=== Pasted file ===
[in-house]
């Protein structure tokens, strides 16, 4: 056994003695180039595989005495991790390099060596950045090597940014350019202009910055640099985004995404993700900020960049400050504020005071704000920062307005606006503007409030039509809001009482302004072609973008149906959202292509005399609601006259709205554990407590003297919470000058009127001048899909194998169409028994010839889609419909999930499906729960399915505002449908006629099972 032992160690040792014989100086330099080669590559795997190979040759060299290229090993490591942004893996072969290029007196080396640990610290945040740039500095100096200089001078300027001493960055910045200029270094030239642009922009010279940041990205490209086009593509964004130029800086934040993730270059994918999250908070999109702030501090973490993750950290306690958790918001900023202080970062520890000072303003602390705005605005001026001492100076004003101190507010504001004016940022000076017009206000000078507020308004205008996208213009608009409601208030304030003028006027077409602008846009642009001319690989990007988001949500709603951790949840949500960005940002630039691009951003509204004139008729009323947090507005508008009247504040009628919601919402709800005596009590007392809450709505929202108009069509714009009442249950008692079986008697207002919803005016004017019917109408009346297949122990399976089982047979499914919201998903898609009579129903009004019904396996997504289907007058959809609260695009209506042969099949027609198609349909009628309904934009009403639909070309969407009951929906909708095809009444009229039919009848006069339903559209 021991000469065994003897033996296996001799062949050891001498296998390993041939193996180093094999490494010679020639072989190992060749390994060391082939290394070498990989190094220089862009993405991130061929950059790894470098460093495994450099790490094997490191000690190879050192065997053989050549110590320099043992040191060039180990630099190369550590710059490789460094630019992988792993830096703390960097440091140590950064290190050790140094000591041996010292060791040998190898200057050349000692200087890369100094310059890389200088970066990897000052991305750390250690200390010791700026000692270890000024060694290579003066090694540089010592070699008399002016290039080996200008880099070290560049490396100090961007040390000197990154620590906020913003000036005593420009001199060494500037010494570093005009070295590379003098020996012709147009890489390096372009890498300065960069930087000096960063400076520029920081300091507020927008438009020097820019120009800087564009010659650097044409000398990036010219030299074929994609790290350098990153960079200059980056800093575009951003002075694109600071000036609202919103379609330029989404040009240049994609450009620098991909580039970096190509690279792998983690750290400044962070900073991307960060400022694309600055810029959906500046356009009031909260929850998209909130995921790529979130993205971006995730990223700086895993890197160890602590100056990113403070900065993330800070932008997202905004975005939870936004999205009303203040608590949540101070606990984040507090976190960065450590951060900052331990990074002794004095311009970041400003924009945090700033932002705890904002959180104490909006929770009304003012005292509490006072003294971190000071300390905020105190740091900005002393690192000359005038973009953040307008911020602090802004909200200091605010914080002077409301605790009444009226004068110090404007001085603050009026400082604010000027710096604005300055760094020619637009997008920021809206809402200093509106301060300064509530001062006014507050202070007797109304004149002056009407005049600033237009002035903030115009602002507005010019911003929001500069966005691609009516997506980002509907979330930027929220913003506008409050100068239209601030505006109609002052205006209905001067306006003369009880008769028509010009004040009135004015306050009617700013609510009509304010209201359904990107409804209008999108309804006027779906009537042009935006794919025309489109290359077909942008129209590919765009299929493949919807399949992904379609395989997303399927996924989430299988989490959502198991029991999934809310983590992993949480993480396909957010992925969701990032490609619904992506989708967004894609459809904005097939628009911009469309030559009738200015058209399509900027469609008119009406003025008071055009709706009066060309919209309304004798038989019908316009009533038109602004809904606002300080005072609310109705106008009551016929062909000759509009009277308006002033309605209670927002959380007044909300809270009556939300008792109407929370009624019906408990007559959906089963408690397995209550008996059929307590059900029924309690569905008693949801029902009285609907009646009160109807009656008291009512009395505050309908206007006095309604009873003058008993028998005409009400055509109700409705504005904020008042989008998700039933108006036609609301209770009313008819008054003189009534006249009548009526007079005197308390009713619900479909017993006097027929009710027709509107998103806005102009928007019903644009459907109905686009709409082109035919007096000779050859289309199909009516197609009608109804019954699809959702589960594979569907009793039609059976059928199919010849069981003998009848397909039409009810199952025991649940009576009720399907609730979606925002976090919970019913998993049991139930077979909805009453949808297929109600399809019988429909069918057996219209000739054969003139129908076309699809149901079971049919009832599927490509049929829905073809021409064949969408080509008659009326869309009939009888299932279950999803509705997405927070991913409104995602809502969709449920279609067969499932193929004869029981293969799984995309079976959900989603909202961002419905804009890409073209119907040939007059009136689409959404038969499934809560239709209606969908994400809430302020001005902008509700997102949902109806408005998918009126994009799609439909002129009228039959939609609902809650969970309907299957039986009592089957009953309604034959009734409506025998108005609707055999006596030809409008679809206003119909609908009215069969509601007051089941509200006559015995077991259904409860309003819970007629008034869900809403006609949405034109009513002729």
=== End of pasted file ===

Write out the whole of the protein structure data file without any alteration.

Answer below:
[in-house]
């Protein structure tokens, strides 16, 4: 056994003695180039595989005495991790390099060596950045090597940014350019202009910055640099985004995404993700900020960049400050504020005071704000920062307005606006503007409030039509809001009482302004072609973008149906959202292509005399609601006259709205554990407590003297919470000058009127001048899909194998169409028994010839889609419909999930499906729960399915505002449908006629099972 032992160690040792014989100086330099080669590559795997190979040759060299290229090993490591942004893996072969290029007196080396640990610290945040740039500095100096200089001078300027001493960055910045200029270094030239642009922009010279940041990205490209086009593509964004130029800086934040993730270059994918999250908070999109702030501090973490993750950290306690958790918001900023202080970062520890000072303003602390705005605005001026001492100076004003101190507010504001004016940022000076017009206000000078507020308004205008996208213009608009409601208030304030003028006027077409602008846009642009001319690989990007988001949500709603951790949840949500960005940002630039691009951003509204004139008729009323947090507005508008009247504040009628919601919402709800005596009590007392809450709505929202108009069509714009009442249950008692079986008697207002919803005016004017019917109408009346297949122990399976089982047979499914919201998903898609009579129903009004019904396996997504289907007058959809609260695009209506042969099949027609198609349909009628309904934009009403639909070309969407009951929906909708095809009444009229039919009848006069339903559209 021991000469065994003897033996296996001799062949050891001498296998390993041939193996180093094999490494010679020639072989190992060749390994060391082939290394070498990989190094220089862009993405991130061929950059790894470098460093495994450099790490094997490191000690190879050192065997053989050549110590320099043992040191060039180990630099190369550590710059490789460094630019992988792993830096703390960097440091140590950064290190050790140094000591041996010292060791040998190898200057050349000692200087890369100094310059890389200088970066990897000052991305750390250690200390010791700026000692270890000024060694290579003066090694540089010592070699008399002016290039080996200008880099070290560049490396100090961007040390000197990154620590906020913003000036005593420009001199060494500037010494570093005009070295590379003098020996012709147009890489390096372009890498300065960069930087000096960063400076520029920081300091507020927008438009020097820019120009800087564009010659650097044409000398990036010219030299074929994609790290350098990153960079200059980056800093575009951003002075694109600071000036609202919103379609330029989404040009240049994609450009620098991909580039970096190509690279792998983690750290400044962070900073991307960060400022694309600055810029959906500046356009009031909260929850998209909130995921790529979130993205971006995730990223700086895993890197160890602590100056990113403070900065993330800070932008997202905004975005939870936004999205009303203040608590949540101070606990984040507090976190960065450590951060900052331990990074002794004095311009970041400003924009945090700033932002705890904002959180104490909006929770009304003012005292509490006072003294971190000071300390905020105190740091900005002393690192000359005038973009953040307008911020602090802004909200200091605010914080002077409301605790009444009226004068110090404007001085603050009026400082604010000027710096604005300055760094020619637009997008920021809206809402200093509106301060300064509530001062006014507050202070007797109304004149002056009407005049600033237009002035903030115009602002507005010019911003929001500069966005691609009516997506980002509907979330930027929220913003506008409050100068239209601030505006109609002052205006209905001067306006003369009880008769028509010009004040009135004015306050009617700013609510009509304010209201359904990107409804209008999108309804006027779906009537042009935006794919025309489109290359077909942008129209590919765009299929493949919807399949992904379609395989997303399927996924989430299988989490959502198991029991999934809310983590992993949480993480396909957010992925969701990032490609619904992506989708967004894609459809904005097939628009911009469309030559009738200015058209399509900027469609008119009406003025008071055009709706009066060309919209309304004798038989019908316009009533038109602004809904606002300080005072609310109705106008009551016929062909000759509009009277308006002033309605209670927002959380007044909300809270009556939300008792109407929370009624019906408990007559959906089963408690397995209550008996059929307590059900029924309690569905008693949801029902009285609907009646009160109807009656008291009512009395505050309908206007006095309604009873003058008993028998005409009400055509109700409705504005904020008042989008998700039933108006036609609301209770009313008819008054003189009534006249009548009526007079005197308390009713619900479909017993006097027929009710027709509107998103806005102009928007019903644009459907109905686009709409082109035919007096000779050859289309199909009516197609009608109804019954699809959702589960594979569907009793039609059976059928199919010849069981003998009848397909039409009810199952025991649940009576009720399907609730979606925002976090919970019913998993049991139930077979909805009453949808297929109600399809019988429909069918057996219209000739054969003139129908076309699809149901079971049919009832599927490509049929829905073809021409064949969408080509008659009326869309009939009888299932279950999803509705997405927070991913409104995602809502969709449920279609067969499932193929004869029981293969799984995309079976959900989603909202961002419905804009890409073209119907040939007059009136689409959404038969499934809560239709209606969908994400809430302020001005902008509700997102949902109806408005998918009126994009799609439909002129009228039959939609609902809650969970309907299957039986009592089957009953309604034959009734409506025998108005609707055999006596030809409008679809206003119909609908009215069969509601007051089941509200006559015995077991259904409860309003819970007629008034869900809403006609949405034109009513002729």